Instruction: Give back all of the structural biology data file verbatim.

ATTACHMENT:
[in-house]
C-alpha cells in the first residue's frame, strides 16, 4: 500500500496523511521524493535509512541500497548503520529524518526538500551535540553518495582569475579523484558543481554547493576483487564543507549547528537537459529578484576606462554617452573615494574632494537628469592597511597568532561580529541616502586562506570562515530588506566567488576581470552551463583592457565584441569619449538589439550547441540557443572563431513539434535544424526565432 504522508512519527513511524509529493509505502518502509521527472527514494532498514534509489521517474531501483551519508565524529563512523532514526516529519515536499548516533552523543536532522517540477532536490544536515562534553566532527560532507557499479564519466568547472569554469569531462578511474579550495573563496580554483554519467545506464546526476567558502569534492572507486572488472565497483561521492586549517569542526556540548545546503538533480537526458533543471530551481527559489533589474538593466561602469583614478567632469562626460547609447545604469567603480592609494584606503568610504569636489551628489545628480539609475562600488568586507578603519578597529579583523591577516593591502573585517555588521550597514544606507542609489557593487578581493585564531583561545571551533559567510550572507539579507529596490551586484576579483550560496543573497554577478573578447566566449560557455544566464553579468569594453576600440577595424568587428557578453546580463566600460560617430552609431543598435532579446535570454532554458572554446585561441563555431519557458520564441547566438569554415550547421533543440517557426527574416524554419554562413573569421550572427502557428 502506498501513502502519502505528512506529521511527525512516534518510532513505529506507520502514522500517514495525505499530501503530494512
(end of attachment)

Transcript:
[in-house]
C-alpha cells in the first residue's frame, strides 16, 4: 500500500496523511521524493535509512541500497548503520529524518526538500551535540553518495582569475579523484558543481554547493576483487564543507549547528537537459529578484576606462554617452573615494574632494537628469592597511597568532561580529541616502586562506570562515530588506566567488576581470552551463583592457565584441569619449538589439550547441540557443572563431513539434535544424526565432 504522508512519527513511524509529493509505502518502509521527472527514494532498514534509489521517474531501483551519508565524529563512523532514526516529519515536499548516533552523543536532522517540477532536490544536515562534553566532527560532507557499479564519466568547472569554469569531462578511474579550495573563496580554483554519467545506464546526476567558502569534492572507486572488472565497483561521492586549517569542526556540548545546503538533480537526458533543471530551481527559489533589474538593466561602469583614478567632469562626460547609447545604469567603480592609494584606503568610504569636489551628489545628480539609475562600488568586507578603519578597529579583523591577516593591502573585517555588521550597514544606507542609489557593487578581493585564531583561545571551533559567510550572507539579507529596490551586484576579483550560496543573497554577478573578447566566449560557455544566464553579468569594453576600440577595424568587428557578453546580463566600460560617430552609431543598435532579446535570454532554458572554446585561441563555431519557458520564441547566438569554415550547421533543440517557426527574416524554419554562413573569421550572427502557428 502506498501513502502519502505528512506529521511527525512516534518510532513505529506507520502514522500517514495525505499530501503530494512